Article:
1 RELIEVE ICU-ASSOCIATED CRITICAL guide to early mobility as an interventionAn early mobility program may help patients in the ICU, where prolonged immobility is associated with negative outcomes including critical illness and subsequent fact, 25 percent of patients on mechanical ventilation for a week may experience ICU-acquired And immobilized ICU patients also may experience: Delirium Impaired exercise capacity Poorer functional outcomes and quality of life3 How immobility in the ICU affects patientsImmobilized ICU patients are often mechanically ventilated, confined to a bed, and All of which can contribute to the deconditioning of multiple organ systems,4 including: Musculoskeletal Cardiovascular Circulatory5 What s more, critical-care patients at risk for immobility often require prolonged hospital stays the average ICU length of stay (LOS) is For many ICU patients, muscle atrophy brought on by prolonged bed rest, sedation, and unavoidable immobilization is a significant ,6 Both weakness and delirium acquired in the ICU are associated with poor long-term physical, functional, and cognitive In fact: Muscle wasting occurs early and rapidly during the first week of critical illness.
2 It s more severe among those with multi-organ (rather than single-organ) Bed rest during critical illness may no longer represent a benign intervention; it s associated with catabolism, atrophy, and ICU-acquired Early mobilization is associated with improved outcomes. It may offer a safe intervention for many critically ill Understanding deliriumDelirium occurs in 60 to 80 percent of mechanically ventilated ICU patients, and 20 to 50 percent of nonventilated And it can result in enormous societal and financial burdens, due to: Increased mortality Prolonged ICU and hospital stays11 For ICU survivors, delirium which represents an acute form of organ dysfunction can contribute to long-term neuropsychological and functional Fluctuating throughout the course of a day,12 delirium manifests as a rapidly developing disturbance of both consciousness and suffering from delirium may have increased risk of.
3 Prolonged mechanical ventilation Catheter removal Self-extubation The need for physical restraints13 Testing of prevention strategies is warranted given the debilitating and persistent effects of ICU-acquired delirium and including mobility can REDUCE deliriumResearchers examined the relationship between delirium and implementing several protocols in 187 ICU They monitored: Prevalence and duration of delirium and coma Early mobilization Mortality Time to discharge Change in residence14 The results were impressive. Odds of delirium were reduced by nearly one half with awakening and breathing coordination, delirium monitoring and management, and early exercise and same patients spent three more days breathing without assistance, with the following results: Increased odds of mobilizing out of bed at least once per day during an ICU stay14 No significant differences noted in self-extubation or reintubation rates14 ICU-acquired weakness Together, critical illness polyneuropathy (CIP) and critical illness myopathy (CIM) make up ICU-acquired weakness.
4 CIP is a complication of severe trauma or infection (critical illness) and affects the peripheral CIM typically occurs in ICU patients who have been treated with multiple CIP and CIM can cause muscle weakness and paresis in critically ill patients during their ICU Risk factors for ICU-acquired weakness include: High severity of illness upon admission Sepsis Multiple organ failure Hyperglycemia (high blood sugar) Prolonged immobilization18 Mobility and ventilator-associated pneumoniaVentilator-associated pneumonia (VAP) occurs approximately 48 to 72 hours following endotracheal VAP occurs in 9 to 27 percent of all mechanically ventilated patients, with the highest risk early in the course of the progressive upright mobility protocol (PUMP) correlated with a reduction in: Neurointensive-care-unit LOS Hospital LOS Healthcare-associated infections Ventilator-associated pneumonia20 The benefits of early mobility in the ICUE arly-mobility protocols in the ICU are becoming more widely adopted to: Mitigate patient suffering Improve patient outcomes both during and after careRecent evidence-based critical care guidelines and care bundles feature sedation-management, delirium-monitoring, and mobility Yet implementing early-mobility protocol in the ICU remains highly To improve outcomes and REDUCE costs for ICU patients across healthcare systems, research supports instituting planned, structured early-mobility programs because.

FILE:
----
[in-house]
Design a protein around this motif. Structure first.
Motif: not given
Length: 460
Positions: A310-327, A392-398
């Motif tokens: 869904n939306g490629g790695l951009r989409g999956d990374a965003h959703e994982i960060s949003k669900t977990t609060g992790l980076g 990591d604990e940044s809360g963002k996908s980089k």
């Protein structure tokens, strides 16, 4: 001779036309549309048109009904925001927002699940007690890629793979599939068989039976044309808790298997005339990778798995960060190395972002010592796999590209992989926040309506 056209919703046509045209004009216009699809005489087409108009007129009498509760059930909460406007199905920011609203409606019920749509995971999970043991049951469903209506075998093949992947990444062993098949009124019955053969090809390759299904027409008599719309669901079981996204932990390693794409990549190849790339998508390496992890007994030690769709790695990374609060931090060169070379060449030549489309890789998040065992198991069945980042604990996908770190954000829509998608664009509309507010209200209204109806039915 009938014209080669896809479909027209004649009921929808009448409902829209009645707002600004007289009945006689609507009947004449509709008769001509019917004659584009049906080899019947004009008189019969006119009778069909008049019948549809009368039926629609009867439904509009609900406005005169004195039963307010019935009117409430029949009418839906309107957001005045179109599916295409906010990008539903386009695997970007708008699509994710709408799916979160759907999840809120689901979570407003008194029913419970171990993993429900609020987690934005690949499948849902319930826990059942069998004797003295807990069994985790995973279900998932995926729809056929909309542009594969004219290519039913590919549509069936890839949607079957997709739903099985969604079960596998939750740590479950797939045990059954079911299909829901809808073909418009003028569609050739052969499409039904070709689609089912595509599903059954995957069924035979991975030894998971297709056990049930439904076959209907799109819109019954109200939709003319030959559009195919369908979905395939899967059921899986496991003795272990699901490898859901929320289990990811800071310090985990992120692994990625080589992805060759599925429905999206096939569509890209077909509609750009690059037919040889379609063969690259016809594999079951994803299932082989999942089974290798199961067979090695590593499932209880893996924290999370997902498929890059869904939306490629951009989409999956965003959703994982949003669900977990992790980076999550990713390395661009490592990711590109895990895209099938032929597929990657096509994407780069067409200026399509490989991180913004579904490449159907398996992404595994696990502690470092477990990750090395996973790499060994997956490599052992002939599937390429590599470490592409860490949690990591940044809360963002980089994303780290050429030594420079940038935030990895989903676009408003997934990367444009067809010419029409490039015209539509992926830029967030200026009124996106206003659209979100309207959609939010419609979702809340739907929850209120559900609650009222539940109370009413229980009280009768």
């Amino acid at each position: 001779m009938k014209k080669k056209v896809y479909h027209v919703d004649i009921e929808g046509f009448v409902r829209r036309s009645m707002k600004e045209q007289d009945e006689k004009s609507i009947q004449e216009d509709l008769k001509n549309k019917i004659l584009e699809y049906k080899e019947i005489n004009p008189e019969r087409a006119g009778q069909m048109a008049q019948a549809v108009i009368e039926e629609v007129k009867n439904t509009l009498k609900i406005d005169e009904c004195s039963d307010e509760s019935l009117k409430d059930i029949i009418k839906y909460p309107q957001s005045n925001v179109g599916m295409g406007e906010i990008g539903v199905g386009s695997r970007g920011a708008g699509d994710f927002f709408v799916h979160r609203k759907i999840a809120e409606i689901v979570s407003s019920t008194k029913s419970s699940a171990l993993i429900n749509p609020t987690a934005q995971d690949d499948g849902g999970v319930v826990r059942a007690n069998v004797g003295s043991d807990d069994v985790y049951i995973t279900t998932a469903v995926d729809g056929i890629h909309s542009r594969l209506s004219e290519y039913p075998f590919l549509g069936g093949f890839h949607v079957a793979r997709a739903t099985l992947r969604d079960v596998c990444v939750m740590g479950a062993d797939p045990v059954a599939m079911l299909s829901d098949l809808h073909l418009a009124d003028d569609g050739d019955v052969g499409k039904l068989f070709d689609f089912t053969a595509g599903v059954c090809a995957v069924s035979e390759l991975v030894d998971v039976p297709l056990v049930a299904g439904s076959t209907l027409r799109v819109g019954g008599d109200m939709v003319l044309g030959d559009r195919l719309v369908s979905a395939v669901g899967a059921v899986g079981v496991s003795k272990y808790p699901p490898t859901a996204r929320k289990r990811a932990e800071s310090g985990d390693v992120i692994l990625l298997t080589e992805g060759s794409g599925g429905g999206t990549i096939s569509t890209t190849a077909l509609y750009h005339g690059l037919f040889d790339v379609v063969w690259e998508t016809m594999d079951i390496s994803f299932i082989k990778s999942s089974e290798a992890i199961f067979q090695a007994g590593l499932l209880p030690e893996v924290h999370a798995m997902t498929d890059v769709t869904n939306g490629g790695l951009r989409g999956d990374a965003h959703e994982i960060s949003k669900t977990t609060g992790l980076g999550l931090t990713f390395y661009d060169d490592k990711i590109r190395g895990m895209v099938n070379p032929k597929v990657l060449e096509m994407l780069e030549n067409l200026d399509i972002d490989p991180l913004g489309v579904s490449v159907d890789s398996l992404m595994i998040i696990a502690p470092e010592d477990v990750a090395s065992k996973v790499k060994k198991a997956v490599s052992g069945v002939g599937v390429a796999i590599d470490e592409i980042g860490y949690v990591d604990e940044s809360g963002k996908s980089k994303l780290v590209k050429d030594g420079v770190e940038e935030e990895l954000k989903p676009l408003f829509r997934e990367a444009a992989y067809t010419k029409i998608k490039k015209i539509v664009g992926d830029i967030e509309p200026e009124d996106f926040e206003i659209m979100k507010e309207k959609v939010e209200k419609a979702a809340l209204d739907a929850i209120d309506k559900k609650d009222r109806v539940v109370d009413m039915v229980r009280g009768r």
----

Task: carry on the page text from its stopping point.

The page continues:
5 23 Early mobilization of critically ill patients is beneficial and can be incorporated into daily clinical Early passive, active, and combined progressive mobilization can be safely initiated in Adult patients receiving early mobilization have fewer ventilator-dependent days, shorter ICU and hospital stays, and better functional early mobility worksEarly mobility is the application of physical activity within the first two to five days of critical illness or physical therapy includes: Applying a passive range of movements Encouraging an active range of movements early in the ICU stay10 With early mobility, physical therapy is intensified and applied earlier to critically ill Early mobility includes specific interventions like: Actively mobilizing patients requiring mechanical ventilation Using novel techniques such as cycle ergometry and transcutaneous electrical muscle stimulation10 Early mobility is associated with decreased ICU and hospital Compared to patients receiving usual care, ICU patients receiving an early mobility protocol: Were out of bed earlier (5 days versus 11 days) Had therapy initiated more frequently in the ICU (91 percent versus 13 percent) Had similar low complication rates1 Barriers to early mobility programsMajor barriers to more widescale adoptions of early mobility include.